For proponents, the idea is a no-brainer: a happier, less stressed workforce, with more time for family and friends, is more productive in the office or on the factory floor.

If we know we’re going to be rewarded with a long weekend, won’t we be more inclined to give the job our all, instead of killing time and browsing the internet?

Meanwhile, the council’s chief executive, Liz Watts, faced accusations of having a vested interest when it emerged she had been working on a PhD thesis examining the potential benefits of the four-day week

But while the low productivity of British workers is an acknowledged phenomenon, the jury is still out on the benefits of the four-day week.

Though it may be appropriate for some highly competitive firms, particularly in the technology industry, it is unlikely to work in the public sector, where many services require staff to be on call throughout the week.

Bosses also fear that as soon as a pilot becomes permanent, workers will soon go back to their less-than-productive ways, and spend as much time scrolling through Facebook as they did before.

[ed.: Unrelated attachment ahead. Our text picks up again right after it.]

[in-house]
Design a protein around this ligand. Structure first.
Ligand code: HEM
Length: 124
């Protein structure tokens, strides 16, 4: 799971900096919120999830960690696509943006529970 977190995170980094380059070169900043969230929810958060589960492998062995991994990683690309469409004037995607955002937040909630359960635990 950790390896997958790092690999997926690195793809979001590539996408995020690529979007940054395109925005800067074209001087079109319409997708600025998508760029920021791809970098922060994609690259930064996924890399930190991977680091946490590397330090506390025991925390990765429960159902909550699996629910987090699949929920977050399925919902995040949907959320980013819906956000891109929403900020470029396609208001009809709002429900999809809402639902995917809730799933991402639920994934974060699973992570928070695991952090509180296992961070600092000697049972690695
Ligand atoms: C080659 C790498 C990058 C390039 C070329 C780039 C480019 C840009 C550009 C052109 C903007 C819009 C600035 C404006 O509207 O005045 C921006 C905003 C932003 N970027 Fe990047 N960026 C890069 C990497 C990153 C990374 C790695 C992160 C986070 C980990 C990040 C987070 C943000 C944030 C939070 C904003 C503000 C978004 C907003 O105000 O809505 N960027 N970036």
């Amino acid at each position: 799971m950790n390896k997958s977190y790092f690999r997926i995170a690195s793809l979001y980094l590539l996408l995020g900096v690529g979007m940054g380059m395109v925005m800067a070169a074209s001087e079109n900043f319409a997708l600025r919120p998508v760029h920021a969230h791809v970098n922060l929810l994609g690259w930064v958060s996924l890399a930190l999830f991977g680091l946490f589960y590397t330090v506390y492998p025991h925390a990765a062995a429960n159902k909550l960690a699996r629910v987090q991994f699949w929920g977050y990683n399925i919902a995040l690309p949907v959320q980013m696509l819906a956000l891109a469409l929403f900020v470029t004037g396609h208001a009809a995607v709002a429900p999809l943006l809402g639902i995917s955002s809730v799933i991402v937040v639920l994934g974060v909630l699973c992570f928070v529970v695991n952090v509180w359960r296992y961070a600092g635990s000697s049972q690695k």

It is true that there is some evidence to support the effectiveness of the new measure in the private sector. Last year, around 3,000 workers at over 60 UK companies worked four days a week on full pay, as part of a six-month trial study. At the end of the pilot, seven out of ten employees said they felt reduced levels of burn-out. And rather than reinstating the five-day week, most of the companies decided to continue the scheme.

But some dropped it, and others may yet do so. Unless the reform is first justified beyond doubt in the private sector, the case for the four-day week in the public sector will be considerably weaker.

First, there’s the price tag. The four-day week policy was included — where else? — in Jeremy Corbyn’s notorious 2019 Labour manifesto. Like pretty much everything else, it was entirely uncosted.

However, researchers at the Centre for Policy Studies think-tank concluded that the cost of recruiting the extra staff, all working only four days a week — who would be needed to man phones, sweep the roads and care for the elderly — could be as high as £45 billion.

That figure has been disputed by supporters of the scheme, but even they accept the cost of a four-day week would run into the billions, requiring 500,000 extra staff to be recruited across the UK.

Those jobs are used as if they’re a winning argument — as if here is a great way of creating new jobs. Yet adding more staff to the public sector pay bill would pile an even greater burden on the British taxpayer, while simultaneously reducing the number of people available to work for private sector firms.